Monday, April 24, 2006
In a burst ANZAC spirt (well, it was more a riot RAMSI spirit) I happened to look at the Aussie media, and discovered it's funny what presses my buttons.
John Howard is standing up to prevent the dumbing-down of English classes.
This from the man whose Education Minister sounded happy for 'intelligent' design to be taught as science. I demand equal time for the standard response!
The transcripts of the Howard thing also includes some sterling support of Keith Windschuttle, who teaches us that the Aboriginies all died without help from the settlers. Standing up for History too, I see.
But of all the things I could be railing against, for some reason it's the complaint that there is postmodernism in Australian schools.
Now I have my problems with postmodernism. For starters, the associated intellectual relativism thing does not suit every occasion - witness the teching of 'intelligent' design. Also, high pomo writing is indistinguishable from nonsense (though it's not the first time in philosophy or literary theory that that's happened).
But, as far as 'the problem with the world today' goes, I think postmodernism is more of a diagnosis than a cause.
There are also things I like. For one thing, it's a useful tool for attacking modernism with - that's modernism as in all the false certainties that prevailed from about the Renaissanse and burst circa WWI. I haven't gone to deep with this, but I suspect that some of the Islamic thinking that alarms people could be described as modern. Certainly, if Australia thinks that, no matter what the question, there is only one right answer (which by coincidence tends to be "what I think"), it has another thing coming.
For another thing, when it come to the subjective old Arts, it's actually very useful. For things like explaining why Tom Stoppard is so good, for starters.
Now, I had imagined any threat of postmodernist insurrection had petered out by the mid 90s. But Australia remains ready. Also against political correctness.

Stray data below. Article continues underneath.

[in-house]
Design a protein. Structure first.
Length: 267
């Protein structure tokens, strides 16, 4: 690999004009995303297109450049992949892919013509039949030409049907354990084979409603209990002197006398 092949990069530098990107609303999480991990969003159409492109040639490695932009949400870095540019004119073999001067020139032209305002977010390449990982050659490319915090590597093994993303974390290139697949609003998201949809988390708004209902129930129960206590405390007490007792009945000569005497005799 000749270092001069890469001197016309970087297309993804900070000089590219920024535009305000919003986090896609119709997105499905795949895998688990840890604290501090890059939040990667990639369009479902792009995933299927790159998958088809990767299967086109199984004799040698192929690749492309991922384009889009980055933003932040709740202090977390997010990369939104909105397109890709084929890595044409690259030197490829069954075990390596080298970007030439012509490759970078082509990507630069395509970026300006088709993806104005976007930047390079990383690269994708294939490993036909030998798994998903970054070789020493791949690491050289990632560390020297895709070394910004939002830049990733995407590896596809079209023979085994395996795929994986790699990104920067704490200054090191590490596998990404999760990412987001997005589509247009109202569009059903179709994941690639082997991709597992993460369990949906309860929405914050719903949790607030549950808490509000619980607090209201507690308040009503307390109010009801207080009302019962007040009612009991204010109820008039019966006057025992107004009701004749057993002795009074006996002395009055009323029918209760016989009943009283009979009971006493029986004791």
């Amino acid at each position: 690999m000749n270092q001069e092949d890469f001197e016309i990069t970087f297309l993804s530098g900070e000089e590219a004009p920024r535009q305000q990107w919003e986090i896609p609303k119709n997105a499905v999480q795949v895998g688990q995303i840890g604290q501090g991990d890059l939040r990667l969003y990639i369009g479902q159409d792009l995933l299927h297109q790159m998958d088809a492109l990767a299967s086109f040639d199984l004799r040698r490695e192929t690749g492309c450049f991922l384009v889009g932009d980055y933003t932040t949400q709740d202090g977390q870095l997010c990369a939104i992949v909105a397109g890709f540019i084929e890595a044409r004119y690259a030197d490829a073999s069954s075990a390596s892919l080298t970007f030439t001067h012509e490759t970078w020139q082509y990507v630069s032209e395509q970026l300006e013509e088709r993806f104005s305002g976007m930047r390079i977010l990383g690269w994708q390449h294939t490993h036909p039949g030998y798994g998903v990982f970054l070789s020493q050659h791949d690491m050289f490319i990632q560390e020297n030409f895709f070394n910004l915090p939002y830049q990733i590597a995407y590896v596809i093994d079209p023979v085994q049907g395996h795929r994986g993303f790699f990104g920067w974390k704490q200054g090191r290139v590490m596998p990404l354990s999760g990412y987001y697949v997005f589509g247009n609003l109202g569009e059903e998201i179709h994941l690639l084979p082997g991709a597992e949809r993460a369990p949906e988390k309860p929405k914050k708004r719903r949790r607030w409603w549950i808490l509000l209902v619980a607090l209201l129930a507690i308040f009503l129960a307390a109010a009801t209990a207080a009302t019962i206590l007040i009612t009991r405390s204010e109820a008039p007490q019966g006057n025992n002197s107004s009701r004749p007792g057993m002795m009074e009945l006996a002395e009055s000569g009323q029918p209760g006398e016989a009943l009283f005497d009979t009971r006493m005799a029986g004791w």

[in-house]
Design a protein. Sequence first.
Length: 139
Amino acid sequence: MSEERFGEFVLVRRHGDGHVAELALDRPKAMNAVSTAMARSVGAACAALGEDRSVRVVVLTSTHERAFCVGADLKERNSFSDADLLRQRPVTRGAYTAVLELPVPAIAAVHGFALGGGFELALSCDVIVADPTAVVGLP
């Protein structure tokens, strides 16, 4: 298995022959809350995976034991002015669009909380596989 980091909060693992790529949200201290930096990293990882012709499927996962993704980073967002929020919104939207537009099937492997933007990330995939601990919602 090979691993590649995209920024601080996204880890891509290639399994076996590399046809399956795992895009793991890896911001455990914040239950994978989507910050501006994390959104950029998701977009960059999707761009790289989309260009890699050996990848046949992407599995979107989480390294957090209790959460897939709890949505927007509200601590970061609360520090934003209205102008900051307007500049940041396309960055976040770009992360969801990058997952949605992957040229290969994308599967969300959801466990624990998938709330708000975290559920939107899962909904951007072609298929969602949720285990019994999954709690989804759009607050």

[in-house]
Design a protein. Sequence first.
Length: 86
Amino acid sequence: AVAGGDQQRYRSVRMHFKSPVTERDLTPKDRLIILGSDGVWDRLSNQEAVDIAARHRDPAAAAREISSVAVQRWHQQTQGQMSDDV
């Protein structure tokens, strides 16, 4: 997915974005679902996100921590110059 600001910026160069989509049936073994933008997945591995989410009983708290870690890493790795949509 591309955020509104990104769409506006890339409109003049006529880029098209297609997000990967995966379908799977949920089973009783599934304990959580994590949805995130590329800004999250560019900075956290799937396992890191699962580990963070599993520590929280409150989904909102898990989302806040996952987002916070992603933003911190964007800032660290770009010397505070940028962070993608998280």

So what's the fuss about? Well, partly, about Western Australia's move to 'outcomes based' education, which apparently rates student with respect to each other. Terrifying. But what set me going was when The Australian cited this bit of evidence:
The criticism of teaching standards followed revelations in The Weekend Australian that a prestigious Sydney school, SCEGGS Darlinghurst, had asked students to interpret Othello from Marxist, feminist and racial perspectives.
Of course, they also mentioned this:
Western Australia's introduction of a Year 12 English exam that fails to penalise students for poor spelling or grammar and asks students to compare two film posters but not read a book has also been blasted by Canberra.But I missed that on account of I'd already got mad. I'm writing my blog about the first quote. I suppose I'm really complaining about The Australian, but I'll bitch abut Howard anyway.
So they call the Othello thing 'dumbing down'?
I would personally have been against teaching high school kids postmodernism too. I'd have said it's too hard. The author of the winning high school review from the Arts Festival, for example (can't find it online), seemed to find the idea of getting to decide what a performance was all about for yourself inherently bad.*
That question is actually more difficult that a standard one. You don't just have to know the text, and use it to support your assertions. You also have to look at it in some kind of cultural context. Of course you apply cultural context anyway - probably that kind of reactionary one people seem to think great literature requires. Doing it the default way requires less thought and while it's inhernetly acceptable to people's prejudices sometimes that's not good enough.